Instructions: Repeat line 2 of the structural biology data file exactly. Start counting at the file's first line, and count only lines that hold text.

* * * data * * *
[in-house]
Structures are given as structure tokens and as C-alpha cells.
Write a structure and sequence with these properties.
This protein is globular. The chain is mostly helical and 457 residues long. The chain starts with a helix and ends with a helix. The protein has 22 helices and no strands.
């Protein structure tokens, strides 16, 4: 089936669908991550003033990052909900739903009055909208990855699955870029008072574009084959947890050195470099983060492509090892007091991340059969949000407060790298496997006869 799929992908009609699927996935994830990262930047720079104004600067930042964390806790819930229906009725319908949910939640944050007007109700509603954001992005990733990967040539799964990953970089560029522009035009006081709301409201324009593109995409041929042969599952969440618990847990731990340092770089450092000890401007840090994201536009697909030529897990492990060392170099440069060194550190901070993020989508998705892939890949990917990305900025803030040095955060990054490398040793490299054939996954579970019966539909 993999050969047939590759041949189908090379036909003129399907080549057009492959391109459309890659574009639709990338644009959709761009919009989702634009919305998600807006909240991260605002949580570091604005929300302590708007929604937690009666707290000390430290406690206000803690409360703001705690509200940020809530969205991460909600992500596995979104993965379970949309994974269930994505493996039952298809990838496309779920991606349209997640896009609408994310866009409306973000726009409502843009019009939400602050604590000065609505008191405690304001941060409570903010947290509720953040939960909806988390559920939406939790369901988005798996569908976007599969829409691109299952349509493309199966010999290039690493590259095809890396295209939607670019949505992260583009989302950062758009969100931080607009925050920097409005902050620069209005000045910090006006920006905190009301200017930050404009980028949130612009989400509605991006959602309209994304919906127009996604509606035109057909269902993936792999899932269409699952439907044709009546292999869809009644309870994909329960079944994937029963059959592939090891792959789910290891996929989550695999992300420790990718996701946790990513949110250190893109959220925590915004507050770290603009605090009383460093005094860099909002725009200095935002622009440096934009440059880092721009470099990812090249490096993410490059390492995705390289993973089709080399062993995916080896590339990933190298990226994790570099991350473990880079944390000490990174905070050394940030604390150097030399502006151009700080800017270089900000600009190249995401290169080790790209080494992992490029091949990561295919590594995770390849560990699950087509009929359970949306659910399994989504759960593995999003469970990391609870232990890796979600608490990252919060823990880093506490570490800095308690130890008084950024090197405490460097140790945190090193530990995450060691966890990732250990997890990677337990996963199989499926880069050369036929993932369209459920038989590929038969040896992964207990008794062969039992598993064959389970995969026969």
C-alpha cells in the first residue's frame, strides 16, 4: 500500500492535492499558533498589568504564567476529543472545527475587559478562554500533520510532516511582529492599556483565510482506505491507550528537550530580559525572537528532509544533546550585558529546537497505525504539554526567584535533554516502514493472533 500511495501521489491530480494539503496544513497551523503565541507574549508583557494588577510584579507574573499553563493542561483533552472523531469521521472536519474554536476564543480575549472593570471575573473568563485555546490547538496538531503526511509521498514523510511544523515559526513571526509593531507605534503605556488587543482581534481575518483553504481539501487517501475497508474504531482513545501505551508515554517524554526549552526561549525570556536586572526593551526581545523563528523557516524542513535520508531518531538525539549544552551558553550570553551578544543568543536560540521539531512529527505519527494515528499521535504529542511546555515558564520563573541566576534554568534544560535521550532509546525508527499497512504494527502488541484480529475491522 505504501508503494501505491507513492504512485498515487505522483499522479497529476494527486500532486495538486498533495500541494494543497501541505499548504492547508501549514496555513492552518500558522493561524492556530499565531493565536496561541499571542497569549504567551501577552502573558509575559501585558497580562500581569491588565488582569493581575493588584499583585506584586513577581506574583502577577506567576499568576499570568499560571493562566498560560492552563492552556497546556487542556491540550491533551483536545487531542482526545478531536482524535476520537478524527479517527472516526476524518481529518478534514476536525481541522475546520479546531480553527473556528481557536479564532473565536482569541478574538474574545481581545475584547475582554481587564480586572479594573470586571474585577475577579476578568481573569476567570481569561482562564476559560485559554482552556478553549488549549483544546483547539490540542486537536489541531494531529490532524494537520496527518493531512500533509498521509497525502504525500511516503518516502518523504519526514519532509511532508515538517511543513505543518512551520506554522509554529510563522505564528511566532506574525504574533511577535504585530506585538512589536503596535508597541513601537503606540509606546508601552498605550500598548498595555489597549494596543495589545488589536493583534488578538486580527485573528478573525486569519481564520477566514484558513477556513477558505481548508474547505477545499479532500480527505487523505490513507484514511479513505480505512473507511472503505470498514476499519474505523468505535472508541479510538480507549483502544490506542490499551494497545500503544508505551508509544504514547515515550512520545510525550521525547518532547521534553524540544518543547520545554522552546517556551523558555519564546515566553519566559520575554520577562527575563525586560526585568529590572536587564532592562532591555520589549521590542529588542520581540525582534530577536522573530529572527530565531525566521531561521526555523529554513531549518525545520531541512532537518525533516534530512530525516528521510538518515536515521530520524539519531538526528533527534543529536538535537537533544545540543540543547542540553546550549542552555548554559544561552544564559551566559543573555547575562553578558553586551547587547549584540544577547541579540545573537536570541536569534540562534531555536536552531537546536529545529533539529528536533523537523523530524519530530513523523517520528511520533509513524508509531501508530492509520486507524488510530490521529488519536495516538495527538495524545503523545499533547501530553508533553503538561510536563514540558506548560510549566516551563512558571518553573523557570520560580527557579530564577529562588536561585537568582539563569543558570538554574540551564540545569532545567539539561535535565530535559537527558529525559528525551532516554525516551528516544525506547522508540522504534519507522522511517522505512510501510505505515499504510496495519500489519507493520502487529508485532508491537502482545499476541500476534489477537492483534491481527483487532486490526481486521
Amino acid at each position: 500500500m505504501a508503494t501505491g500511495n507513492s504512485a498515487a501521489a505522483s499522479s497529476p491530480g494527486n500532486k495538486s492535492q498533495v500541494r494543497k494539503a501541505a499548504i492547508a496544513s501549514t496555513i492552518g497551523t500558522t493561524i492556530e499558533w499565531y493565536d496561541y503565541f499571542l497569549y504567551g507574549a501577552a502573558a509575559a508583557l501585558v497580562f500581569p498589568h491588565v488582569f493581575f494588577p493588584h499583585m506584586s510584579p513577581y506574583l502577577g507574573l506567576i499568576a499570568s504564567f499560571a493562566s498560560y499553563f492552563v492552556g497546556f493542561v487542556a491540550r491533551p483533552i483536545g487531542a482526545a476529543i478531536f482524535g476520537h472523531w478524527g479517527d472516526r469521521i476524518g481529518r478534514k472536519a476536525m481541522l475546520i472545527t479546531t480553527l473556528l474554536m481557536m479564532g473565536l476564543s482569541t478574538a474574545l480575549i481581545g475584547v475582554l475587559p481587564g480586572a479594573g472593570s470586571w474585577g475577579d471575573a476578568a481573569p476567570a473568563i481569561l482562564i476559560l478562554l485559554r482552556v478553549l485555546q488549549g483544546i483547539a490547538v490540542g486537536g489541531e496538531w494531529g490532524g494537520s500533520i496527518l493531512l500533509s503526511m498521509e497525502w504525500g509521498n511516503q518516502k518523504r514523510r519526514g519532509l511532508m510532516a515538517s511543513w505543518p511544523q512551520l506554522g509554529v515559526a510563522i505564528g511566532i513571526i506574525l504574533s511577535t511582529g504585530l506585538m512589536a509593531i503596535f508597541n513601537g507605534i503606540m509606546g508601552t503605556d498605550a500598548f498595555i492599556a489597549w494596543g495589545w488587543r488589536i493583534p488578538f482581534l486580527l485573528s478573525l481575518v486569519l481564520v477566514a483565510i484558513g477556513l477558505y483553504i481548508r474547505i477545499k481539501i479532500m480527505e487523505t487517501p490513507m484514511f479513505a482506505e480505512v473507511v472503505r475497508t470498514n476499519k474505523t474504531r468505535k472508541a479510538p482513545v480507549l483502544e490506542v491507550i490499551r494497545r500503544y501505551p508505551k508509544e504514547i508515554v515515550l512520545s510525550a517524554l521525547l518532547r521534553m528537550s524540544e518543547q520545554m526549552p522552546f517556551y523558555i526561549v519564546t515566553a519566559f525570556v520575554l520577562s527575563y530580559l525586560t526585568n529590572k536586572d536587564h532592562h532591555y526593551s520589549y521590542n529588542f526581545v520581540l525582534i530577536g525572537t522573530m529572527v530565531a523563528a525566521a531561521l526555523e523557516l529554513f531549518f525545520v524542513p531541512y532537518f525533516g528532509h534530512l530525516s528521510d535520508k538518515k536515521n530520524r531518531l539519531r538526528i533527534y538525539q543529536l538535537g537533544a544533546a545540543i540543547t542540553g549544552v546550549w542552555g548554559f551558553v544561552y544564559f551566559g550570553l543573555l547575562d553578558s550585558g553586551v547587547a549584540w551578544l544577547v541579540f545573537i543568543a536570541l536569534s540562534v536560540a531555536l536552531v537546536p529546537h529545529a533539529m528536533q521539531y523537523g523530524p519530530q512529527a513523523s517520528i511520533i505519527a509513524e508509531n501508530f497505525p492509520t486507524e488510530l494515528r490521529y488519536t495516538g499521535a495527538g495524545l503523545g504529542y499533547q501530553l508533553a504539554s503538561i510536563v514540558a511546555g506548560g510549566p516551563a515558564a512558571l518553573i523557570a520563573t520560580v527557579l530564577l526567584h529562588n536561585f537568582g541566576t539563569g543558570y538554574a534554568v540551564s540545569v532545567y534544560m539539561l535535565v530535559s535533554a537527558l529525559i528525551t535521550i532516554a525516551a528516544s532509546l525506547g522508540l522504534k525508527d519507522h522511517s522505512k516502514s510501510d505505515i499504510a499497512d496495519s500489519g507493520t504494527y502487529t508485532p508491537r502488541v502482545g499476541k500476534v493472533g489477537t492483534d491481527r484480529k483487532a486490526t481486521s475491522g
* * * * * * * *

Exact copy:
Structures are given as structure tokens and as C-alpha cells.